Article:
Recruiting Indigenous Physicians in the Northwest Territories – Alternatives Journal

What will it take to get more Indigenous doctors practicing medicine in the North? Thomsen D’Hont, a Metis medical student from Yellowknife, has a few ideas.

In 2017, there was a 35 percent shortage of general practitioner physicians in the Northwest Territories (NWT), a shortage that’s led to nearly half of the territory’s population lacking regular access to a medical doctor. Remote Indigenous communities are disproportionately impacted.

Unlike other small Canadian jurisdictions – such as the Yukon or Prince Edward Island – the NWT does not have programs encouraging students to study medicine elsewhere before returning home to practice. Instead, remote communities in the Northwest Territories are forced to hire locum physicians (temporary, travelling doctors) or rely on telephone-medicine.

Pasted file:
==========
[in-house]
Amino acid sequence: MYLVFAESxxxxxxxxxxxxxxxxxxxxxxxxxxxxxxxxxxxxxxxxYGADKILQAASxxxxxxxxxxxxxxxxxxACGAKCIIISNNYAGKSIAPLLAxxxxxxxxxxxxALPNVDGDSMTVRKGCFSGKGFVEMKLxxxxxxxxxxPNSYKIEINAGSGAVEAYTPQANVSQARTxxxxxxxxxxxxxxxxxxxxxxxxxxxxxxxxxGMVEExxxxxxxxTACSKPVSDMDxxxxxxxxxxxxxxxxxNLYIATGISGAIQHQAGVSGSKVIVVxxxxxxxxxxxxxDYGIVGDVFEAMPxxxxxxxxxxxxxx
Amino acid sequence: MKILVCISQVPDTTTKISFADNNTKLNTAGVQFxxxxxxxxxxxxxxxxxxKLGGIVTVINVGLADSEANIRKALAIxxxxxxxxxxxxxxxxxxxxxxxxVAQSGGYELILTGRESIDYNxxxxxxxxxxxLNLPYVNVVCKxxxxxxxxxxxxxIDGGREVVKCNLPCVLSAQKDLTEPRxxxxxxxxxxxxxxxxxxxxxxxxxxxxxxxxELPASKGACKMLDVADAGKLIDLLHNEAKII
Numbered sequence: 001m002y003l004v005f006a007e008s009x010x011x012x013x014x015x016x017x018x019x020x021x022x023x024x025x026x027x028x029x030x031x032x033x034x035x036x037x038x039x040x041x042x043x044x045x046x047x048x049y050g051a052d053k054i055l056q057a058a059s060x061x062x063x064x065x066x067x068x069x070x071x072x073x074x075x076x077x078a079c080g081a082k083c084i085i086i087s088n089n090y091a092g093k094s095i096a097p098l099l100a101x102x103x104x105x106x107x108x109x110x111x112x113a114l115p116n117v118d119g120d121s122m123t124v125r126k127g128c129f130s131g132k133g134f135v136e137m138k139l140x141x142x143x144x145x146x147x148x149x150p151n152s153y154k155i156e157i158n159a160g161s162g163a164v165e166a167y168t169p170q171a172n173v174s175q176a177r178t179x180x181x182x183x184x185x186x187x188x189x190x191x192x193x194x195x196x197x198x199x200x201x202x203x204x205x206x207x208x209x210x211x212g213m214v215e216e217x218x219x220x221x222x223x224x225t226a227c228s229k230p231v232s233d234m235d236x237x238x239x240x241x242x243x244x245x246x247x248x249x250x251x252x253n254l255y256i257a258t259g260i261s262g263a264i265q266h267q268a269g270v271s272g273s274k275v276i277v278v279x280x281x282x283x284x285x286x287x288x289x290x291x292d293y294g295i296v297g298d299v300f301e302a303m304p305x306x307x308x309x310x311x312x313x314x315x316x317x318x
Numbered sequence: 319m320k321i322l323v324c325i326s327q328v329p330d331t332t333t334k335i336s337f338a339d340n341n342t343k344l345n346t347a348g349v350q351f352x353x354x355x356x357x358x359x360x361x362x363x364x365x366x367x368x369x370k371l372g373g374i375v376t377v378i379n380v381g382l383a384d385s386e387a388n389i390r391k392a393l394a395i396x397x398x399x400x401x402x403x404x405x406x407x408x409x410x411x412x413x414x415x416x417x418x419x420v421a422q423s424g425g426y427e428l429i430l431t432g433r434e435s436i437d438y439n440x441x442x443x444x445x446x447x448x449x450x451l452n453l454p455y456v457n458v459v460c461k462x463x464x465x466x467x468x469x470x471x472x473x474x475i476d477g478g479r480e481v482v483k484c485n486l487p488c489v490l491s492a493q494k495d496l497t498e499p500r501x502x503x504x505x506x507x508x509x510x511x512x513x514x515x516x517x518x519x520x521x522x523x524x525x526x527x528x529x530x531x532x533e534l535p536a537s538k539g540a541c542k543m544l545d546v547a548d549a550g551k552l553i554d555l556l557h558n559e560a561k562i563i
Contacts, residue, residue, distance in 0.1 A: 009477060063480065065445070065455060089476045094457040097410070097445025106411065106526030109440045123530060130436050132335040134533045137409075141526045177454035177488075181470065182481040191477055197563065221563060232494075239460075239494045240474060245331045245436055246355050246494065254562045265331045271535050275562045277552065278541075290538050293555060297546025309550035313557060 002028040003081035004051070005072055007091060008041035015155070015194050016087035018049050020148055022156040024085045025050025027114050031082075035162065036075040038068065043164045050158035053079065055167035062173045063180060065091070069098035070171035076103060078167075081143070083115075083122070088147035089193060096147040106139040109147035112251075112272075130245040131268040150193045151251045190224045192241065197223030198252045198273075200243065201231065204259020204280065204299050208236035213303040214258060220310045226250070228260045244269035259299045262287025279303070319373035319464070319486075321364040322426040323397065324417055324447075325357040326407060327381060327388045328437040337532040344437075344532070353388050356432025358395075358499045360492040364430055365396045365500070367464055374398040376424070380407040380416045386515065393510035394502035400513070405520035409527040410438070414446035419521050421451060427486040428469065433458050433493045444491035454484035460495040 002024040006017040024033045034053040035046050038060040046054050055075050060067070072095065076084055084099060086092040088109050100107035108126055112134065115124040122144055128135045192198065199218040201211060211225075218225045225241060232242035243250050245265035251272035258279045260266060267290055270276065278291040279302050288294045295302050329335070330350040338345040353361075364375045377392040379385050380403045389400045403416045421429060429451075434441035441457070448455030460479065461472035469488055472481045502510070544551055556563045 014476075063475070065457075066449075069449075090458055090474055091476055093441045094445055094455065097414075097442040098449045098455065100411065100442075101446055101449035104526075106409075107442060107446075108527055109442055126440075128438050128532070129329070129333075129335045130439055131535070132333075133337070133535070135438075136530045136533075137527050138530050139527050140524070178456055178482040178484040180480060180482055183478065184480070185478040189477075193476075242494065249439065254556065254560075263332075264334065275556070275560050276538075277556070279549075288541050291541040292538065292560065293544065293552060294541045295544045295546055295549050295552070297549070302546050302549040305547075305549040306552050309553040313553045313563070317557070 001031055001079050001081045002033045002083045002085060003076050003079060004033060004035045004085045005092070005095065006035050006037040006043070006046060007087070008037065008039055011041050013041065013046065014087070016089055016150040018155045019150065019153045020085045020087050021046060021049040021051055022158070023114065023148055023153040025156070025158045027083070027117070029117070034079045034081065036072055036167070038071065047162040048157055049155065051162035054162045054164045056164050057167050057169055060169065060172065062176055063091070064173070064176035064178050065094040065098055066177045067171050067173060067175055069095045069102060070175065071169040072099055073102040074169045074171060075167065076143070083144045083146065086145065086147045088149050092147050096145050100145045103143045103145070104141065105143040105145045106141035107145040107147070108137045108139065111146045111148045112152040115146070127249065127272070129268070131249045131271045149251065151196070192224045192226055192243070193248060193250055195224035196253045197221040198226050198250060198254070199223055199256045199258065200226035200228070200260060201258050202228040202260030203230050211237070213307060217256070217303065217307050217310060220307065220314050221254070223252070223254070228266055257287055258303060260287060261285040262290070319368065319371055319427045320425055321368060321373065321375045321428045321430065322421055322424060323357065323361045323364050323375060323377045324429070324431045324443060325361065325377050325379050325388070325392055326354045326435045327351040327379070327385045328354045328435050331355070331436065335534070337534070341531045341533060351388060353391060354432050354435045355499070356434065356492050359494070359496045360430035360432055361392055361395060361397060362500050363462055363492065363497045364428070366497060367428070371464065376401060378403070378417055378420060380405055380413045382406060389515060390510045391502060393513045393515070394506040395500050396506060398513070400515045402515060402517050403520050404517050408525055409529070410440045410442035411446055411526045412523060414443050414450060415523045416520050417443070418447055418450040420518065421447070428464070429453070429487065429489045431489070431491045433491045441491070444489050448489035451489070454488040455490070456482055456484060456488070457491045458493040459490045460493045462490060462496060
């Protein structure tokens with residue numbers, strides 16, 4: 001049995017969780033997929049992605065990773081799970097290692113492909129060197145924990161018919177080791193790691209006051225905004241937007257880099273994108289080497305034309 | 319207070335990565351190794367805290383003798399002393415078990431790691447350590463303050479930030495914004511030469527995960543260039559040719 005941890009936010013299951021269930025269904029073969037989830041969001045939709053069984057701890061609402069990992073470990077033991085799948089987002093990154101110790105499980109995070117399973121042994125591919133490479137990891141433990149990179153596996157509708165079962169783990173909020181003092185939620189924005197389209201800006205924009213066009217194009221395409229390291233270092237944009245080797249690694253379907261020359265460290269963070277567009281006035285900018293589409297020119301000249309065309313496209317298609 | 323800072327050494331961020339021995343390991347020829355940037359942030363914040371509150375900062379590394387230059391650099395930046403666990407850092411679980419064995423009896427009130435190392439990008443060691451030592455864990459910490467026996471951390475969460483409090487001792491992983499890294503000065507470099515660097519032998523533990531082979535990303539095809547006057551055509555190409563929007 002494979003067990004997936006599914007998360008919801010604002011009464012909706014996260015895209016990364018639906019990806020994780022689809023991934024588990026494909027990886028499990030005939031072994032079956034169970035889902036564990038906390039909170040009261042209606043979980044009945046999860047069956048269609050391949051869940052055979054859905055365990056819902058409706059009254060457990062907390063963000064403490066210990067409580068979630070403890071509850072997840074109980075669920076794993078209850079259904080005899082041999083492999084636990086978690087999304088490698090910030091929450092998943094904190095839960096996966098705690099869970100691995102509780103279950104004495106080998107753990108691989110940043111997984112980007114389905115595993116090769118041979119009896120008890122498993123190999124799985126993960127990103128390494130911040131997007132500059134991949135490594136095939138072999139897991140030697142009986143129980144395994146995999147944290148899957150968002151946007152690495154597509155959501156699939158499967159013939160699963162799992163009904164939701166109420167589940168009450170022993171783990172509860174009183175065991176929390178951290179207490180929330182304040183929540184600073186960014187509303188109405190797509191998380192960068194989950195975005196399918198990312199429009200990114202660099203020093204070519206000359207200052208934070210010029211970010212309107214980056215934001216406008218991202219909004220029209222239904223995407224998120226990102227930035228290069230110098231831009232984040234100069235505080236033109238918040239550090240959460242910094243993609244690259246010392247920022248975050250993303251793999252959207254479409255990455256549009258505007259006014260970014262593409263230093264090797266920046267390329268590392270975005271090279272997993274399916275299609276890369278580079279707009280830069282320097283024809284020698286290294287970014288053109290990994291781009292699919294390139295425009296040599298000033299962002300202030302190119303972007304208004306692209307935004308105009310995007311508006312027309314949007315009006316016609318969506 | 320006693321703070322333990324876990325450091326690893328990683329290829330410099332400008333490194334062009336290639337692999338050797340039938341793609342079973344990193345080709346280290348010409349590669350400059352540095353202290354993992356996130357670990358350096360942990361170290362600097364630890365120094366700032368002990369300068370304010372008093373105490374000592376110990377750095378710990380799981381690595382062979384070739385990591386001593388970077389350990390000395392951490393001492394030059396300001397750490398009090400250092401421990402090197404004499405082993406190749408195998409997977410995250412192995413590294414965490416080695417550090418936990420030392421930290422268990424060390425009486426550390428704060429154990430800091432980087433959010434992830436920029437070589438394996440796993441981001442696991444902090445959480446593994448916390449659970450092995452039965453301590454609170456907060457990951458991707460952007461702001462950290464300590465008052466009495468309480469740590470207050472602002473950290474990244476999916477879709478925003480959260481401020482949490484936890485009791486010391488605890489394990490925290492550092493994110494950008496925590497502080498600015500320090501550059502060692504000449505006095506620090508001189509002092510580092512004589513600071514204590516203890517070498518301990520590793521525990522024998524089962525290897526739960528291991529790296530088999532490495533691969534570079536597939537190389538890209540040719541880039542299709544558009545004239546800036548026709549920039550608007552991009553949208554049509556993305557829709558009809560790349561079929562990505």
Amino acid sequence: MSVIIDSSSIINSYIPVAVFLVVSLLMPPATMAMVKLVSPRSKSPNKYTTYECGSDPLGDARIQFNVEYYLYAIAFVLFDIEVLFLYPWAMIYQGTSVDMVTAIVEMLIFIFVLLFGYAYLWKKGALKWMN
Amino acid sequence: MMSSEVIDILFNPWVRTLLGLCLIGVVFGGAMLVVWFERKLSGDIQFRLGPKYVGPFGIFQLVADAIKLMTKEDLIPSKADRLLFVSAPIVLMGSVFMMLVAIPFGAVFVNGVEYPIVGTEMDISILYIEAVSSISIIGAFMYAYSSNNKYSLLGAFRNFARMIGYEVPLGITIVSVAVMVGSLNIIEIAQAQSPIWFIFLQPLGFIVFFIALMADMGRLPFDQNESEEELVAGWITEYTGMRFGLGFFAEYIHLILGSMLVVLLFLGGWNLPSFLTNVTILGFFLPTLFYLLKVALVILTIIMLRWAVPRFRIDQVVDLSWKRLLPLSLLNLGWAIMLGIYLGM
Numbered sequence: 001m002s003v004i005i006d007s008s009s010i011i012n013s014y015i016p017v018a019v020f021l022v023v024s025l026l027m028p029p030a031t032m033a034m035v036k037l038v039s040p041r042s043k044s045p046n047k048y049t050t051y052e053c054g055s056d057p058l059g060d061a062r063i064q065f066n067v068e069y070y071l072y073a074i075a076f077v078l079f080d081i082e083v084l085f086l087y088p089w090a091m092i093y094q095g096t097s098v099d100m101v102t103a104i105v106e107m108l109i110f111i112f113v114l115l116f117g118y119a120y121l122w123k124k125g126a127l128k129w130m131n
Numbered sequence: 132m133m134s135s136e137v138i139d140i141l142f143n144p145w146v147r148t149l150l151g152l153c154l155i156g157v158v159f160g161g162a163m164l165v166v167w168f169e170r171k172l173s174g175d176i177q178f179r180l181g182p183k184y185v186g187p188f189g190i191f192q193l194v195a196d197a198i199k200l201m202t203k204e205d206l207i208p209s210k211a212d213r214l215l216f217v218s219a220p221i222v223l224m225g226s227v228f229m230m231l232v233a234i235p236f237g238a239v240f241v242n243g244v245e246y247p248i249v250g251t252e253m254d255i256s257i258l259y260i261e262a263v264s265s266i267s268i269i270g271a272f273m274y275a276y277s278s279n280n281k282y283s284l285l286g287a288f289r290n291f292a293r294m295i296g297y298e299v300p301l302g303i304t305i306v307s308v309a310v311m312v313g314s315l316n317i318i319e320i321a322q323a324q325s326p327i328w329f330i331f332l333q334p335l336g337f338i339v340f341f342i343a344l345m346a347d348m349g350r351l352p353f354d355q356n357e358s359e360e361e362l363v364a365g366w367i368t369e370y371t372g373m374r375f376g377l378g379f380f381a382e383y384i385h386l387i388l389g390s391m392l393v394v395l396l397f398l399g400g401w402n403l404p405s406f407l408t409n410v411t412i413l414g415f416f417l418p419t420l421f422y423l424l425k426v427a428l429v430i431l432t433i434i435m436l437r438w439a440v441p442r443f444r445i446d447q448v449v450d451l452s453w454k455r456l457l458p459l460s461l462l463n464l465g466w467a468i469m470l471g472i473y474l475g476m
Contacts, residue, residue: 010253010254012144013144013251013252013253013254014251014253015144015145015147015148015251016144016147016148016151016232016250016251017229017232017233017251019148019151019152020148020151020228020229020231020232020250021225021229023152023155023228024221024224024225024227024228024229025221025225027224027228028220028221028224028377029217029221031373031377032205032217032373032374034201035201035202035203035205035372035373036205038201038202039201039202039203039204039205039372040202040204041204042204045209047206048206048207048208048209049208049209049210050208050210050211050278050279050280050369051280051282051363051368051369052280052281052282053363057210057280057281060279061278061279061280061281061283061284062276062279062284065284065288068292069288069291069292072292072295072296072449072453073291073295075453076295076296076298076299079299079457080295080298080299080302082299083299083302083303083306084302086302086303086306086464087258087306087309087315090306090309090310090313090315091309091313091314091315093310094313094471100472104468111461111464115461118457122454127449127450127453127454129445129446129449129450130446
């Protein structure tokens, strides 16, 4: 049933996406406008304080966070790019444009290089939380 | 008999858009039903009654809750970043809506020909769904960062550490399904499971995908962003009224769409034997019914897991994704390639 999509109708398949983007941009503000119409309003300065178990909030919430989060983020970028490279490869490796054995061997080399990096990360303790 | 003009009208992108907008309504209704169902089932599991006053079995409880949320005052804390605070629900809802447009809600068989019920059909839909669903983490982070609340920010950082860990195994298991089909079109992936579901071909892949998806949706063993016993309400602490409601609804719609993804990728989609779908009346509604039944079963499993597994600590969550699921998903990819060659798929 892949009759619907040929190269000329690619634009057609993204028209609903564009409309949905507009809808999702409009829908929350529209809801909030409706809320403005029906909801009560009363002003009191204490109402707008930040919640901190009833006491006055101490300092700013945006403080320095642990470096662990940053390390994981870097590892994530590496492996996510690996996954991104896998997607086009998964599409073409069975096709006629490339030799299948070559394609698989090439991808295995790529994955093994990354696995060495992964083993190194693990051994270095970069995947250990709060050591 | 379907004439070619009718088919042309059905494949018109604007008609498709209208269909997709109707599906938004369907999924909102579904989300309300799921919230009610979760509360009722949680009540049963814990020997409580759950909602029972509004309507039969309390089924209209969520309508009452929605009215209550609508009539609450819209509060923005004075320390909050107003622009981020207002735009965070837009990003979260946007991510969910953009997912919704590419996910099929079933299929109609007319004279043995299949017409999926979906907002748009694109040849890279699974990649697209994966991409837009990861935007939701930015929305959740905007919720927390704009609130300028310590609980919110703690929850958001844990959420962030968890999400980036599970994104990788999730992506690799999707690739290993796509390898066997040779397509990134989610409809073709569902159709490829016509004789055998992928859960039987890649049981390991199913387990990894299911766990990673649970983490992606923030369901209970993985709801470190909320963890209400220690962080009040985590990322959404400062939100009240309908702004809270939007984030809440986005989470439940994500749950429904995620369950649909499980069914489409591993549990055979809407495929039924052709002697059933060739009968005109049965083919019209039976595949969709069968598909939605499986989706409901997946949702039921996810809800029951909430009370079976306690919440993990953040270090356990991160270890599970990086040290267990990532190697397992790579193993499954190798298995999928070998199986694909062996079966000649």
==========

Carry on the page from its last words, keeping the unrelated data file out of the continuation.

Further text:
A policy paper from Thomsen D’Hont, an alumni of the Jane Glassco Fellowship Program, explores what programming options could exist in the NWT to facilitate the training and recruitment of Indigenous doctors. The paper, published in May 2017, challenges the Territorial government to take bold steps to address the current crisis.

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